Beijing is struggling with fallout from adulteration of milk with the industrial chemical melamine. At home four babies have died, and thousands of infants fell sick, while around the world products made with Chinese milk have been recalled.
The government has not updated figures issued on September 21, when it said that 12,892 infants were in hospital, 104 with serious illness, and close to 40,000 others were affected but did not need major treatment.
But reports from local media across the country compiled by Reuters suggest the number of affected children has risen to nearly 94,000, although most are not in a serious condition.
In some areas diagnoses rocketed up in the space of just a few days. In the most extreme case, northwestern Gansu province, the number of sick children climbed to 13,459 by Sept 26 from 1,695 a week earlier, the official Xinhua agency said.
Worst hit so far is central Henan province, with over 30,000 cases by the end of September. Neighbouring Hebei also has nearly 16,000 cases. The province is home to Sanlu Dairy group, which made the contaminated formula that sparked the broader scandal.
Despite the rash of cases across the country -- few areas appear to have been entirely immune -- the government says it has the problem under control and recent checks have found no trace of melamine, the toxic additive, in liquid milk.
The number of sick children appearing at hospitals is also falling after news of the problem has blanketed domestic media and spread across the internet, prompting parents to take extra care about what they feed their children.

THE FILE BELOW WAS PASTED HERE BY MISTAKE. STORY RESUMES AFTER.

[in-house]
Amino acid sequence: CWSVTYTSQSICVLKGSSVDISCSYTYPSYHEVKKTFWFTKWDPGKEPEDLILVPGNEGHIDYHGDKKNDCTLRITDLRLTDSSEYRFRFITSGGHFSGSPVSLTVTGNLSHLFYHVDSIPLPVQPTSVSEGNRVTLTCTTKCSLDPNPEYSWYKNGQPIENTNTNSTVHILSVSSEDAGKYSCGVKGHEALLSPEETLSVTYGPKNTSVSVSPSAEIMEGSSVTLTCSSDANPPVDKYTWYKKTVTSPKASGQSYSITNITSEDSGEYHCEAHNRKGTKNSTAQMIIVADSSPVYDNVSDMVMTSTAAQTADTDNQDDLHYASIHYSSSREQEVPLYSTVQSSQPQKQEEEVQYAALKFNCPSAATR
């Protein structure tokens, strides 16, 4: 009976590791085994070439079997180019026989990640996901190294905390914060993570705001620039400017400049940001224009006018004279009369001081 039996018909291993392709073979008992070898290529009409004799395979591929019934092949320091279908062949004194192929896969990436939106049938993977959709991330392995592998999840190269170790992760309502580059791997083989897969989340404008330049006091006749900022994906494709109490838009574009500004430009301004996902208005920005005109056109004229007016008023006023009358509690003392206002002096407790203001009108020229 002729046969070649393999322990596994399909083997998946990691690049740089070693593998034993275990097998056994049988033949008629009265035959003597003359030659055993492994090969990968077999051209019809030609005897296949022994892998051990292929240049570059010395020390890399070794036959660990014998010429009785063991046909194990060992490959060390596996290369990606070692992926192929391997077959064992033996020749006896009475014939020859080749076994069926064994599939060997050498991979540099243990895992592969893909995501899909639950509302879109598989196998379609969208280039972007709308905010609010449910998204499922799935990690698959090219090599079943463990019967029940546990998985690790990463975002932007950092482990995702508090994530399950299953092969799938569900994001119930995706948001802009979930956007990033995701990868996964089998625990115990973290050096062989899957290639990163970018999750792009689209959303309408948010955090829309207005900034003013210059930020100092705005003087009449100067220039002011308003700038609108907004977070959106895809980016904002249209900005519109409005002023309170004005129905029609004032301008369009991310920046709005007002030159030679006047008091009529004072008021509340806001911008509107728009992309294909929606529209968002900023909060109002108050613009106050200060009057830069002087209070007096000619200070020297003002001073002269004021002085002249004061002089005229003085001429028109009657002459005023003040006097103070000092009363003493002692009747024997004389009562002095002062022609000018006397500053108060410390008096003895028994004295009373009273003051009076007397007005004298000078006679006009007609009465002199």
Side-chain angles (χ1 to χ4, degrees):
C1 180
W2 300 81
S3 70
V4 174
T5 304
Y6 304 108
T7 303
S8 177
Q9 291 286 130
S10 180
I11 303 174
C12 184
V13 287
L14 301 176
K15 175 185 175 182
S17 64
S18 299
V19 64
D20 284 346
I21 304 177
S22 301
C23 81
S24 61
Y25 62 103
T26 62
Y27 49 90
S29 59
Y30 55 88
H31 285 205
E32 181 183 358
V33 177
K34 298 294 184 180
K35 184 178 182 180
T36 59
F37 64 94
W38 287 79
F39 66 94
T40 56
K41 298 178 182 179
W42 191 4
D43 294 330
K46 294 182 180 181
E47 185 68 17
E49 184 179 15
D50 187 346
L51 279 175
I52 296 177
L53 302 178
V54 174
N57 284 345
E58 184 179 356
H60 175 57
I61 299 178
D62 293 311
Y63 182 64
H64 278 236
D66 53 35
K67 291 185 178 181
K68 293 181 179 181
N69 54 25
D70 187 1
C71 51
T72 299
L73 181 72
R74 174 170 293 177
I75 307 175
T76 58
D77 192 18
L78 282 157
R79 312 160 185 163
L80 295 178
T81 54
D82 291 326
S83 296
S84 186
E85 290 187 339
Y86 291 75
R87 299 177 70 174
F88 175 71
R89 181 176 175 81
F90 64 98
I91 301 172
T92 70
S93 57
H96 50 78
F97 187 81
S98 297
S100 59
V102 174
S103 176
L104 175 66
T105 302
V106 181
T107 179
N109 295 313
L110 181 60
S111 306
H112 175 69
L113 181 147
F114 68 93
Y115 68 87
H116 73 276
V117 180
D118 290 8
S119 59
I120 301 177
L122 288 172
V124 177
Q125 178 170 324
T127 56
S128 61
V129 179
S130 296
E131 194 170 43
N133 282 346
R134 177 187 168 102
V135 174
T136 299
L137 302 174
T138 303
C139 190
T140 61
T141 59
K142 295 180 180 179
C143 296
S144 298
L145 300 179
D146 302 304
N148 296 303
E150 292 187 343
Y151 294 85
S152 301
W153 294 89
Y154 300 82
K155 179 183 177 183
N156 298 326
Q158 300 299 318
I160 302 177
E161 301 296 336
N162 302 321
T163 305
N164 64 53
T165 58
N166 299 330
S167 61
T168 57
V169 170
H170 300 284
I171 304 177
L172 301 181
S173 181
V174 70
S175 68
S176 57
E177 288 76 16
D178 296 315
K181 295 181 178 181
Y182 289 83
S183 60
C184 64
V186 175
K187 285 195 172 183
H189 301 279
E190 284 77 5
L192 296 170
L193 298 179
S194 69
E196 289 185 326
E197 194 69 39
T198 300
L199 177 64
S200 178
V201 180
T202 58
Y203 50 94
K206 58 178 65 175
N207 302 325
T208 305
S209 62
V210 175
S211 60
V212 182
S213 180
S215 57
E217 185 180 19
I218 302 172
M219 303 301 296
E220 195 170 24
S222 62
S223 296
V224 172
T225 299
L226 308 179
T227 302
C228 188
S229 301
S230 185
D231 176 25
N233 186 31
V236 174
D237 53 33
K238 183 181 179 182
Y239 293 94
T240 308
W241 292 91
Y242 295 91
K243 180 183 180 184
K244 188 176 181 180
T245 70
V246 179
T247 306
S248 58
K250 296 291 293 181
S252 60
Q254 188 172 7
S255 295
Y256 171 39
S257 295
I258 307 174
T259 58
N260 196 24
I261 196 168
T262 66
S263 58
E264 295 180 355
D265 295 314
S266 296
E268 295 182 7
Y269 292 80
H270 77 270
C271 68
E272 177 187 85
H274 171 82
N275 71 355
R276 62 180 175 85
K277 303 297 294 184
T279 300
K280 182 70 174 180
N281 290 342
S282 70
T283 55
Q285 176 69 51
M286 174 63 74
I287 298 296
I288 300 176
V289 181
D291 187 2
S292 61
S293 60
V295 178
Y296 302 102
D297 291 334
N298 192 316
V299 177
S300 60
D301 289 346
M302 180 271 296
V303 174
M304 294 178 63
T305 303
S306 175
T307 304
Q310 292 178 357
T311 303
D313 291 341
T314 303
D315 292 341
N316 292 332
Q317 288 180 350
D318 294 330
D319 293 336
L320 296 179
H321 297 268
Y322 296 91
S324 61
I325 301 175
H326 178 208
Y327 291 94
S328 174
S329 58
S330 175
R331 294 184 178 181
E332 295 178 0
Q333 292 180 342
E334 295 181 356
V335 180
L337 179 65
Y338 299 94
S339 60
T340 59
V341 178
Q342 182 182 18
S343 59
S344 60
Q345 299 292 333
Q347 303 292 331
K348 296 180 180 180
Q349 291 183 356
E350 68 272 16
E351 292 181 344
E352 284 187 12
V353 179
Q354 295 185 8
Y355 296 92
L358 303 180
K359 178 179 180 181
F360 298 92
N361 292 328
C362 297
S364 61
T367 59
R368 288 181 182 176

"The daily reports of infants who were diagnosed and hospitalized are decreasing noticeably, " said Chen Junshi, a researcher from Institute of Nutrition and Food Safety of Chinese Centre for Disease Control and Prevention.
But he declined to say how many had been ill overall.
"I'm not authorised to publish the number of sick infants," he added at a news conference held by the Ministry of Health.
Even if the pace of new diagnoses is slowing, there is still room for a major leap in the total number of affected children because some of the country's most densely populated cities and provinces, like Shanghai, have not yet disclosed any figures.
Public worries about tainted milk have been diluted in the past two weeks, as China was transfixed by the country's first space walk and then enjoying the week-long National Day holiday.
But as part of an ongoing effort to restore confidence in the "made in China" brand, the government on Wednesday also released new dairy safety standards, that set limits on melamine, a cheap industrial chemical that can be used to cheat quality checks.
The limits set by the Ministry of Health's new standards are one milligram of melamine per kilogram for infant formula, 2.5 milligrams per kilogram for liquid milk, milk powder and food products containing at least 15 percent milk.
The U.S. Food and Drug Administration said earlier this month that no amount of melamine is safe in baby formula, but China said it has set levels low enough to protect its people's health.
"There is probably a little amount of melamine in the environment, " Wang Xuening, deputy director of the Health Ministry's Health Supervision Bureau, told the conference.
"So we couldn't set zero levels, " he said, adding that melamine content below the new limit is definitely not a threat to human health. Wang said the limits mainly aim to curb deliberate use of the chemical as an additive.
Hebei province has already arrested 27 people suspected of involvement in contaminating milk with melamine. Sanlu group's chairwoman Tian Wenhua was also detained last month.